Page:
Germans May Approve Incest

Germans May Approve Incest

German brothers and sisters are on the verge of being able to have sexual relations without worrying about breaking the law and going to jail. A government committee has said laws that ban incest are a violation of right to sexual self-expression. 

The case centres on a Liepzig man, Patrick Stuebing, who was adopted as a child and later met and married his biological sister and together have had four children. Stuebing has been in violation of German law and jailed. While in jail, all of his children except one were removed from his wife. Two of the children are disabled.  

Stuebing lost an appeal to the German Federal Constitutional Court two years ago lost at the European Court of Human Rights, the Court saying the German ban on incest did not violate his rights under the European Charter on Human Rights. After repeated appeals at various levels, Stuebing took his case to the German Ethics Council which has issued the following statement:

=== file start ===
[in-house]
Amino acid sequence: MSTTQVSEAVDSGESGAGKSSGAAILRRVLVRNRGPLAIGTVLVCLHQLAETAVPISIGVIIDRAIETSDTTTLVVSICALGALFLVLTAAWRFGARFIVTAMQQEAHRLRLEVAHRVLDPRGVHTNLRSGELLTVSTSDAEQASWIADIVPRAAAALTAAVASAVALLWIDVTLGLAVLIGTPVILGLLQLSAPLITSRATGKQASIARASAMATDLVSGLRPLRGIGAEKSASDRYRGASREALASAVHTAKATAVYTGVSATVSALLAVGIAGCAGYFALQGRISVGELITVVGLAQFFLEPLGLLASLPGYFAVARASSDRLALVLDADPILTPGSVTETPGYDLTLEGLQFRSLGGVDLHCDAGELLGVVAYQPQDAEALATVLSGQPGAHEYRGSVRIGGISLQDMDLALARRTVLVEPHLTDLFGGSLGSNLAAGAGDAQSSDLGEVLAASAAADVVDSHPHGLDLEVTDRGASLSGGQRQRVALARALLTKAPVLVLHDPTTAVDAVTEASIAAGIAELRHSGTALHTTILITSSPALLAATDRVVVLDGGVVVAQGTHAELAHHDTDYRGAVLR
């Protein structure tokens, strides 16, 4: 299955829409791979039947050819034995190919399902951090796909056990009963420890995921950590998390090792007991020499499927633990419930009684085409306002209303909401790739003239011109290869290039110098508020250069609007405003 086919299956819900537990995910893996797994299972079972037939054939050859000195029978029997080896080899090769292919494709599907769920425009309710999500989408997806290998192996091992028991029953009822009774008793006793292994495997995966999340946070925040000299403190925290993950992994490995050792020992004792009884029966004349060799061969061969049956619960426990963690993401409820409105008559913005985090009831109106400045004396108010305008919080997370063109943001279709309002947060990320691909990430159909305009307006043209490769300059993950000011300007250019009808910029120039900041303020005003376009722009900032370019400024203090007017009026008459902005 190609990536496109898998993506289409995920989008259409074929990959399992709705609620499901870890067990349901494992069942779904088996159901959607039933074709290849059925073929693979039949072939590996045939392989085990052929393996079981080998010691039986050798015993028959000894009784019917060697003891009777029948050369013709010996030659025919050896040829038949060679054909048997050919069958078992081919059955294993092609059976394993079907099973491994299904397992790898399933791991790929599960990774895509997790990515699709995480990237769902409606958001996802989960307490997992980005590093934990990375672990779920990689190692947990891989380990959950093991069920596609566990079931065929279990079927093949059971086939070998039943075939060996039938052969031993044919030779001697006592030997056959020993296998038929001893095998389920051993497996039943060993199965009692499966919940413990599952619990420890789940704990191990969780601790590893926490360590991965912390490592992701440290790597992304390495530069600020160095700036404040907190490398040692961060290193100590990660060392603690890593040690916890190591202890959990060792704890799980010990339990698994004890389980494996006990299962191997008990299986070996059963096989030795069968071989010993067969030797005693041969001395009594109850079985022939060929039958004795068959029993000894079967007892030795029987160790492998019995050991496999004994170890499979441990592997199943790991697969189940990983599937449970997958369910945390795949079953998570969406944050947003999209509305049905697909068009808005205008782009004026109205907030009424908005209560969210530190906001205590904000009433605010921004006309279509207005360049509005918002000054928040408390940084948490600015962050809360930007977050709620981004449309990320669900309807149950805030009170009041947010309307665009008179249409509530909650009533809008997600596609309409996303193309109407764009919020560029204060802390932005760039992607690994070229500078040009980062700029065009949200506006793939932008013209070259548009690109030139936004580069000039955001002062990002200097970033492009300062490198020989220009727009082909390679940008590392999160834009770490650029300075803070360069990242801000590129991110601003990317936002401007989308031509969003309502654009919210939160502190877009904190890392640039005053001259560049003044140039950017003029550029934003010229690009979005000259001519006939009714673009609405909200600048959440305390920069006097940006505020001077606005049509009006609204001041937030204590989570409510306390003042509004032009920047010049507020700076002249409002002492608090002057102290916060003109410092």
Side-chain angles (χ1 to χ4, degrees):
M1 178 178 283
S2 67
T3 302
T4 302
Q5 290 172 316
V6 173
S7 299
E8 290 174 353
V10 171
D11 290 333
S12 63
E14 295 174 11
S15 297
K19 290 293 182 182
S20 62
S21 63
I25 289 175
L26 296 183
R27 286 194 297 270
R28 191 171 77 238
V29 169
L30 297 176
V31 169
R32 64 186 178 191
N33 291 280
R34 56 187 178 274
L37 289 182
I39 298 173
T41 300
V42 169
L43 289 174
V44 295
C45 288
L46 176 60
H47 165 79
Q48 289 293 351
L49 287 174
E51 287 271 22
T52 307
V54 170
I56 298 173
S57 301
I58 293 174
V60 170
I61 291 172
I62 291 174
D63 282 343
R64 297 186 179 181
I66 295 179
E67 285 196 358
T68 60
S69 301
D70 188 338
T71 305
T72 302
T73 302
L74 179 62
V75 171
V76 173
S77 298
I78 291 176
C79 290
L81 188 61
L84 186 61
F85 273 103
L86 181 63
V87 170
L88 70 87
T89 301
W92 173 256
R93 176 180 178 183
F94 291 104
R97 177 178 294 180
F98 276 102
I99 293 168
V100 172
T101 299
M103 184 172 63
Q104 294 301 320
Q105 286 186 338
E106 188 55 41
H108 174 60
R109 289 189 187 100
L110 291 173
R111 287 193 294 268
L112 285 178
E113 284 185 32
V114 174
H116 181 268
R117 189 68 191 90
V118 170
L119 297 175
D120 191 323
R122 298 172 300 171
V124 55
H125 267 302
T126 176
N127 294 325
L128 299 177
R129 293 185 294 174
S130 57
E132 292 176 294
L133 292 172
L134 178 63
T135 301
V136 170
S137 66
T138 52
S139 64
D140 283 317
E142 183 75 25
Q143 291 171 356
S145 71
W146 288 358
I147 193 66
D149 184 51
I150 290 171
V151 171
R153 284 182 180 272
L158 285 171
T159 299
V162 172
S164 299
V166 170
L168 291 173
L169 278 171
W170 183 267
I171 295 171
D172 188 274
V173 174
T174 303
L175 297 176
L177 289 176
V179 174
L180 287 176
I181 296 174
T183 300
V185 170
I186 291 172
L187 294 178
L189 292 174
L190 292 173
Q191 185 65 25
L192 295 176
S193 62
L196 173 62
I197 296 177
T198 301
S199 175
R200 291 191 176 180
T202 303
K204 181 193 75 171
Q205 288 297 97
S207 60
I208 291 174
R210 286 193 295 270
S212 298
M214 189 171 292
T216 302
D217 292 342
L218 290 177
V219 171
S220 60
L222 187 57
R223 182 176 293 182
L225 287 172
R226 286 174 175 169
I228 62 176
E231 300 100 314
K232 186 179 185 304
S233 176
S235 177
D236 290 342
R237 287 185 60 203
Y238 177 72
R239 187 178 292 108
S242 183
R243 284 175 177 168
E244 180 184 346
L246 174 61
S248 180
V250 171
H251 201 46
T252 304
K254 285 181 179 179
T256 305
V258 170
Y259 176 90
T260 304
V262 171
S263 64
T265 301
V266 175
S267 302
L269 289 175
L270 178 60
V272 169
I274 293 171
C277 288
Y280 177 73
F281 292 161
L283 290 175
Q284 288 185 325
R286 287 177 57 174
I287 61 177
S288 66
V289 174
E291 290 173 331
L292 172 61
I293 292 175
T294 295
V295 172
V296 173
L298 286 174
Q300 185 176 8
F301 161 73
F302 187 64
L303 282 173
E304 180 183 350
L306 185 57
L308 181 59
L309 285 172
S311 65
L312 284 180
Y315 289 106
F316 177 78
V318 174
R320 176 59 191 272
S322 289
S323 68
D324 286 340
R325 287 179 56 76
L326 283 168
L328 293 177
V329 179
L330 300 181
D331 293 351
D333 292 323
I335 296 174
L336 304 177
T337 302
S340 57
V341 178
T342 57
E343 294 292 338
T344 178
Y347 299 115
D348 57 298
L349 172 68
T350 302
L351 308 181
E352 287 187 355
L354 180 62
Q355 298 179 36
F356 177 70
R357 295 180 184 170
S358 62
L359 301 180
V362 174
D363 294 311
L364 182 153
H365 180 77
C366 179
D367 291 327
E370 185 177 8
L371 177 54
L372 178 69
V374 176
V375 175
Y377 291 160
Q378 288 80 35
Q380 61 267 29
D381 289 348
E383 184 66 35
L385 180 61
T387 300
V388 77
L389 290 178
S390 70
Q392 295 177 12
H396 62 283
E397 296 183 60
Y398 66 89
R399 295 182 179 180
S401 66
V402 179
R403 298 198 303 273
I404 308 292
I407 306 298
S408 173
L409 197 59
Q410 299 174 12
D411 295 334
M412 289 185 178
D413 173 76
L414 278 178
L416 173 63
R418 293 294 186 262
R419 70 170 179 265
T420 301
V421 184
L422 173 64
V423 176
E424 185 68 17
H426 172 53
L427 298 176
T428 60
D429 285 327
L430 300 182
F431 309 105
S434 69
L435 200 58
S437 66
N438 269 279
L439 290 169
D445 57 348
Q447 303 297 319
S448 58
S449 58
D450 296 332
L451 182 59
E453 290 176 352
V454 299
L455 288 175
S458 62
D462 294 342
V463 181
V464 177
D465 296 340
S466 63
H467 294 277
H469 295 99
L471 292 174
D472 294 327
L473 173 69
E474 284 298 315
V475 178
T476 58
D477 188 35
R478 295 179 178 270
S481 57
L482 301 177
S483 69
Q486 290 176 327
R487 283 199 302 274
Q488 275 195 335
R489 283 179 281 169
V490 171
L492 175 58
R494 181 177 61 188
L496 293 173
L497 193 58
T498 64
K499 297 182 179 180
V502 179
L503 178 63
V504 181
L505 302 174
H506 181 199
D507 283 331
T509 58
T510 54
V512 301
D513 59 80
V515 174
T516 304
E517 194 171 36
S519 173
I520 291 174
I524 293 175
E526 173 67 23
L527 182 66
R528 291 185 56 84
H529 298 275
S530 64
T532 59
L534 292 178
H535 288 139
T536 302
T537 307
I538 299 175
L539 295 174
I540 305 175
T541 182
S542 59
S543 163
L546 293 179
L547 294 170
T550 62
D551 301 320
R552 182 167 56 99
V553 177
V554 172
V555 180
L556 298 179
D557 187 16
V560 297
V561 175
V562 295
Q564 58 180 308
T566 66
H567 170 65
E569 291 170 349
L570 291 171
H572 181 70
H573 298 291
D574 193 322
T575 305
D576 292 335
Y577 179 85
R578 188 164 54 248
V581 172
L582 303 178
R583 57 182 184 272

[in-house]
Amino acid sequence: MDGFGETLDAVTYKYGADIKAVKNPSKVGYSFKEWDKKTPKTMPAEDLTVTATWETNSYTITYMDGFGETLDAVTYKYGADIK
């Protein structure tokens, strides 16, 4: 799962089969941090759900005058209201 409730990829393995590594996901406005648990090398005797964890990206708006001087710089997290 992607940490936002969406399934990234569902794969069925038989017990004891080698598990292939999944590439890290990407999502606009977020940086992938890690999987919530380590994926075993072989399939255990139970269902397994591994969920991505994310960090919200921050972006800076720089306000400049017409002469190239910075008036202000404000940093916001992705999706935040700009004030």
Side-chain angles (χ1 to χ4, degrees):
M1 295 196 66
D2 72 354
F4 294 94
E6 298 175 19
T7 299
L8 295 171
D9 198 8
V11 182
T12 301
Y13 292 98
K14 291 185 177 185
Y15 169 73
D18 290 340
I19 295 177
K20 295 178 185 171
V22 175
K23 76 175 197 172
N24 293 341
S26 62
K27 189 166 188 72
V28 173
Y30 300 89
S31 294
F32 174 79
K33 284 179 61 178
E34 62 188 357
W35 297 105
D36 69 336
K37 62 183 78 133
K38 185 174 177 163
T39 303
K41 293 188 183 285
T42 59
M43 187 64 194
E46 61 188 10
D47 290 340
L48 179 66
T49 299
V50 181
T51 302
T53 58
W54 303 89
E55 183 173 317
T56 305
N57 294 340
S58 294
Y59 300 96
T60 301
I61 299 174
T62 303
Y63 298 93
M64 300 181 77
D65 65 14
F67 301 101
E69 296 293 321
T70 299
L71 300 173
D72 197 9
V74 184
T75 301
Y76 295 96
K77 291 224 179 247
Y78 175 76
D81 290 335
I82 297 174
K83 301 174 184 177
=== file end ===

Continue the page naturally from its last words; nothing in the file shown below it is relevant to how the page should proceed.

“Incest between siblings appears to be very rare in Western societies according to the available data but those affected describe how difficult their situation is in light of the threat of punishment. They feel their fundamental freedoms have been violated and are forced into secrecy or to deny their love.The majority of the German Ethics Council is of the opinion that it is not appropriate for a criminal law to preserve a social taboo.In the case of consensual incest among adult siblings, neither the fear of negative consequences for the family, nor the possibility of the birth of children from such incestuous relationships can justify a criminal prohibition. The fundamental right of adult siblings to sexual self-determination has more weight in such cases than the abstract protection of the family.”


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